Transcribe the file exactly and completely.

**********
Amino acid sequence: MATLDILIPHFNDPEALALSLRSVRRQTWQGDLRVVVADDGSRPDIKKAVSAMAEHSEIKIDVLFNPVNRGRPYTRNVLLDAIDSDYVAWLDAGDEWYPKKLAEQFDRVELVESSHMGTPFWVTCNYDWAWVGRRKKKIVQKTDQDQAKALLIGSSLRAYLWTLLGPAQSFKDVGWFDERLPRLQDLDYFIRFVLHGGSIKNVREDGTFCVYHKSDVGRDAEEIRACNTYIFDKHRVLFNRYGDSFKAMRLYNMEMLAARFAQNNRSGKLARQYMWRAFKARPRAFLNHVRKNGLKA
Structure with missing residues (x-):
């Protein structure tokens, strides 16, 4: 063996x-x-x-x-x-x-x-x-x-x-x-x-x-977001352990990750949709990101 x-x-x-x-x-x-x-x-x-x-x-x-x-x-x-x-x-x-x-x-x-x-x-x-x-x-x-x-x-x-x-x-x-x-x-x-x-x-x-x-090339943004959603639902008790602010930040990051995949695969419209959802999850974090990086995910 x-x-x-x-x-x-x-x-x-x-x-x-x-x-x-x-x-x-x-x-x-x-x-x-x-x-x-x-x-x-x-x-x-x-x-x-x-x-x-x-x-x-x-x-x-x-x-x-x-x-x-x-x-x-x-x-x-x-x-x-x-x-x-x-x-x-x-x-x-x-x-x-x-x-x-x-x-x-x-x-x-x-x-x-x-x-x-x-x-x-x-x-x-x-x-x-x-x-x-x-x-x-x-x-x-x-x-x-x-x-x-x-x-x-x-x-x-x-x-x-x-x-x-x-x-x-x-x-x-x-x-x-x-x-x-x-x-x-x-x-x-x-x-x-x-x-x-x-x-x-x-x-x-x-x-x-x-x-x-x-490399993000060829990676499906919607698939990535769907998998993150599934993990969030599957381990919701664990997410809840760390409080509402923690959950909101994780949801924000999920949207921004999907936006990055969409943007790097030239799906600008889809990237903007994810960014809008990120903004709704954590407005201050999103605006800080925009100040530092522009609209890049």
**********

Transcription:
Amino acid sequence: MATLDILIPHFNDPEALALSLRSVRRQTWQGDLRVVVADDGSRPDIKKAVSAMAEHSEIKIDVLFNPVNRGRPYTRNVLLDAIDSDYVAWLDAGDEWYPKKLAEQFDRVELVESSHMGTPFWVTCNYDWAWVGRRKKKIVQKTDQDQAKALLIGSSLRAYLWTLLGPAQSFKDVGWFDERLPRLQDLDYFIRFVLHGGSIKNVREDGTFCVYHKSDVGRDAEEIRACNTYIFDKHRVLFNRYGDSFKAMRLYNMEMLAARFAQNNRSGKLARQYMWRAFKARPRAFLNHVRKNGLKA
Structure with missing residues (x-):
């Protein structure tokens, strides 16, 4: 063996x-x-x-x-x-x-x-x-x-x-x-x-x-977001352990990750949709990101 x-x-x-x-x-x-x-x-x-x-x-x-x-x-x-x-x-x-x-x-x-x-x-x-x-x-x-x-x-x-x-x-x-x-x-x-x-x-x-x-090339943004959603639902008790602010930040990051995949695969419209959802999850974090990086995910 x-x-x-x-x-x-x-x-x-x-x-x-x-x-x-x-x-x-x-x-x-x-x-x-x-x-x-x-x-x-x-x-x-x-x-x-x-x-x-x-x-x-x-x-x-x-x-x-x-x-x-x-x-x-x-x-x-x-x-x-x-x-x-x-x-x-x-x-x-x-x-x-x-x-x-x-x-x-x-x-x-x-x-x-x-x-x-x-x-x-x-x-x-x-x-x-x-x-x-x-x-x-x-x-x-x-x-x-x-x-x-x-x-x-x-x-x-x-x-x-x-x-x-x-x-x-x-x-x-x-x-x-x-x-x-x-x-x-x-x-x-x-x-x-x-x-x-x-x-x-x-x-x-x-x-x-x-x-x-x-490399993000060829990676499906919607698939990535769907998998993150599934993990969030599957381990919701664990997410809840760390409080509402923690959950909101994780949801924000999920949207921004999907936006990055969409943007790097030239799906600008889809990237903007994810960014809008990120903004709704954590407005201050999103605006800080925009100040530092522009609209890049």